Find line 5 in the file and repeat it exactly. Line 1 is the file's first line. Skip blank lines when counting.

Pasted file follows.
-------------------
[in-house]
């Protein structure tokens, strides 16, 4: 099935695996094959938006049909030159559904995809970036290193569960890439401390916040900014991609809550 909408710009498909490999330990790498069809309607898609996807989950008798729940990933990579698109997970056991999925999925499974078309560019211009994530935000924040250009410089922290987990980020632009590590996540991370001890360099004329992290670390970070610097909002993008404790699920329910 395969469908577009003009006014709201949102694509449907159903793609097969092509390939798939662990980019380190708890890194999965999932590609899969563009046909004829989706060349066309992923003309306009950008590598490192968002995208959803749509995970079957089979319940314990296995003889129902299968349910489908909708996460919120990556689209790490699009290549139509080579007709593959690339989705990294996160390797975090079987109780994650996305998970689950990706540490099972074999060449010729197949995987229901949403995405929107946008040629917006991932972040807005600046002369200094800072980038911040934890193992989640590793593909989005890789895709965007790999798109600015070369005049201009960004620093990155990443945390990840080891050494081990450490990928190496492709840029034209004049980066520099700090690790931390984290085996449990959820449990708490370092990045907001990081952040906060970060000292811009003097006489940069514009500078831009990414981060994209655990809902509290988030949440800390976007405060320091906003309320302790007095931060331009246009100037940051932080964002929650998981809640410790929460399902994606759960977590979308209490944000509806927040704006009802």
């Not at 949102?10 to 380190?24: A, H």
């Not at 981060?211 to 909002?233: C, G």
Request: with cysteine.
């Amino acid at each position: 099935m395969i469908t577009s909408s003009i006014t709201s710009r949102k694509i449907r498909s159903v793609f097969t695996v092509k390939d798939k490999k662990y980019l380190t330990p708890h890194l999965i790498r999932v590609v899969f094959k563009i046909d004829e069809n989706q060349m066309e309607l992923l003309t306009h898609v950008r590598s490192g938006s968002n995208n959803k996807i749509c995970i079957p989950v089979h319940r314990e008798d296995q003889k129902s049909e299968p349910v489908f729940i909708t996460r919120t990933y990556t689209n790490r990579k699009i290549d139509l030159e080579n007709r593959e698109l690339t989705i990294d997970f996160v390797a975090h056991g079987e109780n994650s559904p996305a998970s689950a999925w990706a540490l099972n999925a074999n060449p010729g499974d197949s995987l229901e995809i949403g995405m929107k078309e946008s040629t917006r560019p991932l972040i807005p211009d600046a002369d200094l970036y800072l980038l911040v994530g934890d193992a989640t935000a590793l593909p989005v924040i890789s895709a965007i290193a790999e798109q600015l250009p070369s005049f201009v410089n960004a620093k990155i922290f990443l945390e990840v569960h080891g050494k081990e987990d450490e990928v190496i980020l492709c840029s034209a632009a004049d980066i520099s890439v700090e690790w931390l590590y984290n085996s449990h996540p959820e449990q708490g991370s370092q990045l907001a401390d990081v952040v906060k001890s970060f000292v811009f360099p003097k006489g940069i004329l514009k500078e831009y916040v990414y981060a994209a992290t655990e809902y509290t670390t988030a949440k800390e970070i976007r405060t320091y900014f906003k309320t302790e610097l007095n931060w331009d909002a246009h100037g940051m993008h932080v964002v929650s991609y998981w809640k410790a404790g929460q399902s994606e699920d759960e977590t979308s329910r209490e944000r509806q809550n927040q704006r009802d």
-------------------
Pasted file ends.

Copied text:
Request: with cysteine.